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- The National Aeronautics and Space Administration (NASA), along with the rest of government and the nation have become increasing cost conscious in recent years. This has resulted in renewed efforts at finding ways to do more with less. Planetary science is no exception. The 2013 Decadal Survey for Planetary Science made great efforts to understand the costs of proposed missions. The community has been asked to develop more affordable versions of mission concepts, especially in the flagship category. Many in the community continue to encourage NASA to prioritize lower cost missions at a more frequent cadence over fewer but larger missions. This presentation discusses a new tool in the planetary science arsenal to achieve a broad set of planetary science questions at costs that are lower, and in some cases dramatically lower, than other options in the past. Technology advances in pointing systems and the growing capabilities of stratospheric balloons, such as the ultra-long duration flights, have caught the attention of many in the planetary science community. A workshop was held in January 2012 to help planetary scientists and NASA better understand the capabilities of balloon borne platforms, along with their strengths and limitations. Perhaps most importantly, the workshop focused on the potential science that could be achieved. The science and engineering participants discussed what, if any, science can be achieved and why or how balloon platforms would offer an advantage. Since that first workshop, not only have further discussions and studies occurred within the community, but demonstration missions have been flown with compelling results. These balloon missions have shown that the science envisioned can indeed be achievable, that balloon platforms do offer some unique advantages; and that repeated flights can be implemented at relatively low cost. The presentation briefly summarizes the potential science and the characteristics of a balloon based observatory that make it desirable for some science investigations. The recent missions are described along with some of their challenges and achievements. Finally, a brief summary of options moving forward are considered.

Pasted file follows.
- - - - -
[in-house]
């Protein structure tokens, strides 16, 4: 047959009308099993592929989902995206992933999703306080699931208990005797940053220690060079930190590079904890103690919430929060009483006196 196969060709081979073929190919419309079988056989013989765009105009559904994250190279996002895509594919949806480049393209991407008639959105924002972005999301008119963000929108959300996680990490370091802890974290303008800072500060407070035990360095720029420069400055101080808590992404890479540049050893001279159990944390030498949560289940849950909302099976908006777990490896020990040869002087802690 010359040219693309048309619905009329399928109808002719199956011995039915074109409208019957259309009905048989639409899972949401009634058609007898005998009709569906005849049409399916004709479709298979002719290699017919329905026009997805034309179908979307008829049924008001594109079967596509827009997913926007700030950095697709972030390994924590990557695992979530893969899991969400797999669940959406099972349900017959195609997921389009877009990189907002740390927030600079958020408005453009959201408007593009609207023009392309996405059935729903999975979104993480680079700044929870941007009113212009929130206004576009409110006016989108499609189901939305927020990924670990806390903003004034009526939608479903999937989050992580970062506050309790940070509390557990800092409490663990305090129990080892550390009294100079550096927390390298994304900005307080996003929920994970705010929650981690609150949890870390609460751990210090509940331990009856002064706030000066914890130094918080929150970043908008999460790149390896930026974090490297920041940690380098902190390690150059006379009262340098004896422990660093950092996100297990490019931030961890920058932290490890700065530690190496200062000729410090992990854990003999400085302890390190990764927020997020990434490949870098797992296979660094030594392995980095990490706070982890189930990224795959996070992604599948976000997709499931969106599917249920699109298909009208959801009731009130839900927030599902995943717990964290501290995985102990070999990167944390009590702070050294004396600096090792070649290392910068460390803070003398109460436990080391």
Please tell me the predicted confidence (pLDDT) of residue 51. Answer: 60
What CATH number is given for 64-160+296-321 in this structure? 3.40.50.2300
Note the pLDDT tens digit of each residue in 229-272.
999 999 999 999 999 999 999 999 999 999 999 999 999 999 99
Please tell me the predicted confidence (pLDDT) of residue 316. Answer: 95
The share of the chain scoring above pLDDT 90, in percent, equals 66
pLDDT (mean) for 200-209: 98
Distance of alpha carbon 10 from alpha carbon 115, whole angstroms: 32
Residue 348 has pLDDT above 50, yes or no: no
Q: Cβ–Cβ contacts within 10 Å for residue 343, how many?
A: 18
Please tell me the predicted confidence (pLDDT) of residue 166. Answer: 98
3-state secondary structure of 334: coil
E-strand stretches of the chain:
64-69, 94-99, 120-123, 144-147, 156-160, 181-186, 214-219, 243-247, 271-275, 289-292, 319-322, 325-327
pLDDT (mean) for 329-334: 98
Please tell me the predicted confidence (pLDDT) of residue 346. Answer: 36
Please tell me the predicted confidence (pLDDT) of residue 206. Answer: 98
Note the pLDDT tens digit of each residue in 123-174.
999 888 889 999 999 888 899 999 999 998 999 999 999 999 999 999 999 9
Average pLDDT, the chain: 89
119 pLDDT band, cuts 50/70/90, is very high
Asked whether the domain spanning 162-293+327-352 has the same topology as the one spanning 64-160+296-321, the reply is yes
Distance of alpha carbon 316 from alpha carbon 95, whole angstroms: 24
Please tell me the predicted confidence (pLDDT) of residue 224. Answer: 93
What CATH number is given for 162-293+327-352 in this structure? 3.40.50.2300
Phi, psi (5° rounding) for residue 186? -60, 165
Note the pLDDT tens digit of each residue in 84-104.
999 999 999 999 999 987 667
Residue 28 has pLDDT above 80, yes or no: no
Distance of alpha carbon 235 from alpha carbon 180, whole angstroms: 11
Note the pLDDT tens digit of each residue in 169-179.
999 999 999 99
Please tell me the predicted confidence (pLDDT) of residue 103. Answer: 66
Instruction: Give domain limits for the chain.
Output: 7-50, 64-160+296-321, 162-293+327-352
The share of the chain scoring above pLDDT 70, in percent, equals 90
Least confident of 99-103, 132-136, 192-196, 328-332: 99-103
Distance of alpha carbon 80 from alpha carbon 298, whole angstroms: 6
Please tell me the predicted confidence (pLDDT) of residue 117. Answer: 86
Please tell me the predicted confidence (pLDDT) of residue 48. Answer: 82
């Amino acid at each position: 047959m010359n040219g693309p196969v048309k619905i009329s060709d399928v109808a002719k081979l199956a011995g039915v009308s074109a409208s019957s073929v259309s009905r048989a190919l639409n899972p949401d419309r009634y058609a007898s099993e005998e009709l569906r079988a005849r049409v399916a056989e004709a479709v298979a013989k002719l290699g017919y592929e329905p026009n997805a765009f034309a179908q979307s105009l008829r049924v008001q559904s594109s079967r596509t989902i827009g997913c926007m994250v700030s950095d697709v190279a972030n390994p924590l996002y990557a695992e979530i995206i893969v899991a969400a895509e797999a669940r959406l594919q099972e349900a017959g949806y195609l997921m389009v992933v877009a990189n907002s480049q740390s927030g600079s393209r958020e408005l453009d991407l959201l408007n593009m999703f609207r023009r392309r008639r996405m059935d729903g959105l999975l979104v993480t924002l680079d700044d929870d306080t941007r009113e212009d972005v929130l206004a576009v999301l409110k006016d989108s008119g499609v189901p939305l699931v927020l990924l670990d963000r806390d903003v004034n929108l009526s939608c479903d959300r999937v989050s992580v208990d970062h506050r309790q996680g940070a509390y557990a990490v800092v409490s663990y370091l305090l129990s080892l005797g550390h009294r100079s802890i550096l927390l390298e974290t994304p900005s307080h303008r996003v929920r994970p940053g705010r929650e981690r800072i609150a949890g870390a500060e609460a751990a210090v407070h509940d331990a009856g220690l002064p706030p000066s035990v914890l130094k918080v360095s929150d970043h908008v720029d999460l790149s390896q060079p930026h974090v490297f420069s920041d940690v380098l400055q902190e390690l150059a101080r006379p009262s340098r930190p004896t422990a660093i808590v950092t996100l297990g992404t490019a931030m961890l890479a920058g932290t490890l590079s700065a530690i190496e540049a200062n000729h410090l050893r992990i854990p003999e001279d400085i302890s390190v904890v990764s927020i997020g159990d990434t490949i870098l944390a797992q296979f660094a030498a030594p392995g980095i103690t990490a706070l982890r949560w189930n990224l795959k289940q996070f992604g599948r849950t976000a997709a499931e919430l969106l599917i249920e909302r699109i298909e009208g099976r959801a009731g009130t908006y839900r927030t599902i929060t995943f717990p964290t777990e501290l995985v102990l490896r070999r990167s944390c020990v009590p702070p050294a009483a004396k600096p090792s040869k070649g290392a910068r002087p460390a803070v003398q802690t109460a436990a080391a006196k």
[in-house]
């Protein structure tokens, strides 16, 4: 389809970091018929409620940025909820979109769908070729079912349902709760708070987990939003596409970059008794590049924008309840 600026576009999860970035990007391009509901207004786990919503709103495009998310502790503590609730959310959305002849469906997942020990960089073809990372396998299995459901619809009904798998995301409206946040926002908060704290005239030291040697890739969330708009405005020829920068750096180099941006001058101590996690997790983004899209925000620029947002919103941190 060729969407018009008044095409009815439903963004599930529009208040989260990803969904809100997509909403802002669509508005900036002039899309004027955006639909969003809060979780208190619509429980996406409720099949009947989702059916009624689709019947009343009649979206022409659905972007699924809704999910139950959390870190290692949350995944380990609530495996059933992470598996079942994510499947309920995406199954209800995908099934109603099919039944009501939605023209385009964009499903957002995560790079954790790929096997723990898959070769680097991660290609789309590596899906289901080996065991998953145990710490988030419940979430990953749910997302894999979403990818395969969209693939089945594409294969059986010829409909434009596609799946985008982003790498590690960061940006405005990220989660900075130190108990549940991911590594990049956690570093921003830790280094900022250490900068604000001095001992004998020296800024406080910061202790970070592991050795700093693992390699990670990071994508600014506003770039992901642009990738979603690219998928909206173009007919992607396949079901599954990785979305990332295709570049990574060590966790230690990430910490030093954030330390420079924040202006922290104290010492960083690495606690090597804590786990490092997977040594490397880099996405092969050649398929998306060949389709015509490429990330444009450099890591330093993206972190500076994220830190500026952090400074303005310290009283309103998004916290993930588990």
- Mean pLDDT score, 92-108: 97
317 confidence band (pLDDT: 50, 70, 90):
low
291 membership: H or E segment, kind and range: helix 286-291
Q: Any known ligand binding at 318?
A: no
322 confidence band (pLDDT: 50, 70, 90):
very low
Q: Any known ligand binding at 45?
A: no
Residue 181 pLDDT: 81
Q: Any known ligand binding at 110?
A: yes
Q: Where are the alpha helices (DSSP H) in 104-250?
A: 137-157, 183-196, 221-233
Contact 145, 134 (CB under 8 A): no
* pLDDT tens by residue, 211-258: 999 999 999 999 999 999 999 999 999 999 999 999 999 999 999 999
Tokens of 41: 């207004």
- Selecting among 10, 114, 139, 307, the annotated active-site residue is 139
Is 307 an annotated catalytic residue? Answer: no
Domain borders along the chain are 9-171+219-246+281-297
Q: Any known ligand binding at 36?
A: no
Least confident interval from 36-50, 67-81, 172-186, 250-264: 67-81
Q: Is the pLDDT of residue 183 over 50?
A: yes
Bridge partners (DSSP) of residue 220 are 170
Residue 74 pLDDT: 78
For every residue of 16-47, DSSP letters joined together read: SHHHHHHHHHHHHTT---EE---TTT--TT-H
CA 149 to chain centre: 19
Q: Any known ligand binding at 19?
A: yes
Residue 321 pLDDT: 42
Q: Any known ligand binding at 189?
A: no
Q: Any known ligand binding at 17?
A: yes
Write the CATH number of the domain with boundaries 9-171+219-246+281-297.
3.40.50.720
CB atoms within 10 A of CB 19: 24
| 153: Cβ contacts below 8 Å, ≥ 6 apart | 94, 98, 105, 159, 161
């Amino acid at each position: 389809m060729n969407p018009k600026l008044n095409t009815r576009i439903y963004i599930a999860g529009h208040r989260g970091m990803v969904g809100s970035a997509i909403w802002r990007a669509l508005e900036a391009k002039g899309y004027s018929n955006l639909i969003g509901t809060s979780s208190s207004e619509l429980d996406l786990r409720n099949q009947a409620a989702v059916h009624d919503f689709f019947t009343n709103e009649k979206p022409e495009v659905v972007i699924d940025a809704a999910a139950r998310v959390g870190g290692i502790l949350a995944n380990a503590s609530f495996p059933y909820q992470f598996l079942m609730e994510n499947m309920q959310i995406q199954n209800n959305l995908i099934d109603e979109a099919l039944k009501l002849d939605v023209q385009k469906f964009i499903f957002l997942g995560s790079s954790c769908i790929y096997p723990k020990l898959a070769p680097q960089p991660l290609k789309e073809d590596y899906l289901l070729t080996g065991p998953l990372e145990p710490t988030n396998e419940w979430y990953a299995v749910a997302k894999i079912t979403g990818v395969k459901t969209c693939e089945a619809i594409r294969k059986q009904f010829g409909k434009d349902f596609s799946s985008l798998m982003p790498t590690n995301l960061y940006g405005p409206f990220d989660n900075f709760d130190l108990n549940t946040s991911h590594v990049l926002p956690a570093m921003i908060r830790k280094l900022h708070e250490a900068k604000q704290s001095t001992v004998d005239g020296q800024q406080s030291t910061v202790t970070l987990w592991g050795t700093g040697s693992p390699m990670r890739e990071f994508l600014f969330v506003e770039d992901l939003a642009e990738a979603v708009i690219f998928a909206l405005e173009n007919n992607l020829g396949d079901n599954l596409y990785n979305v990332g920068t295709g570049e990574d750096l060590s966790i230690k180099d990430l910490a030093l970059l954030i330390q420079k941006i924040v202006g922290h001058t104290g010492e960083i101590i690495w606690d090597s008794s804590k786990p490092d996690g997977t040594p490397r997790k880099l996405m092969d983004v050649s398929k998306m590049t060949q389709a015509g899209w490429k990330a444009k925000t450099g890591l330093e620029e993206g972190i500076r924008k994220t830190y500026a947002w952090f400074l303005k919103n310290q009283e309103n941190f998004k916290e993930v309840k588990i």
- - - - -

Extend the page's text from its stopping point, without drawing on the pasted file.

- Other Subject(s):
- NASA Technical Reports Server (NTRS) Collection.
- Document ID: 20150022117.
International Academy of Astronautics (IAA) Low-Cost Planetary Missions Conference (LCPM-11); 9-11 Jun. 2015; Berlin; Germany.
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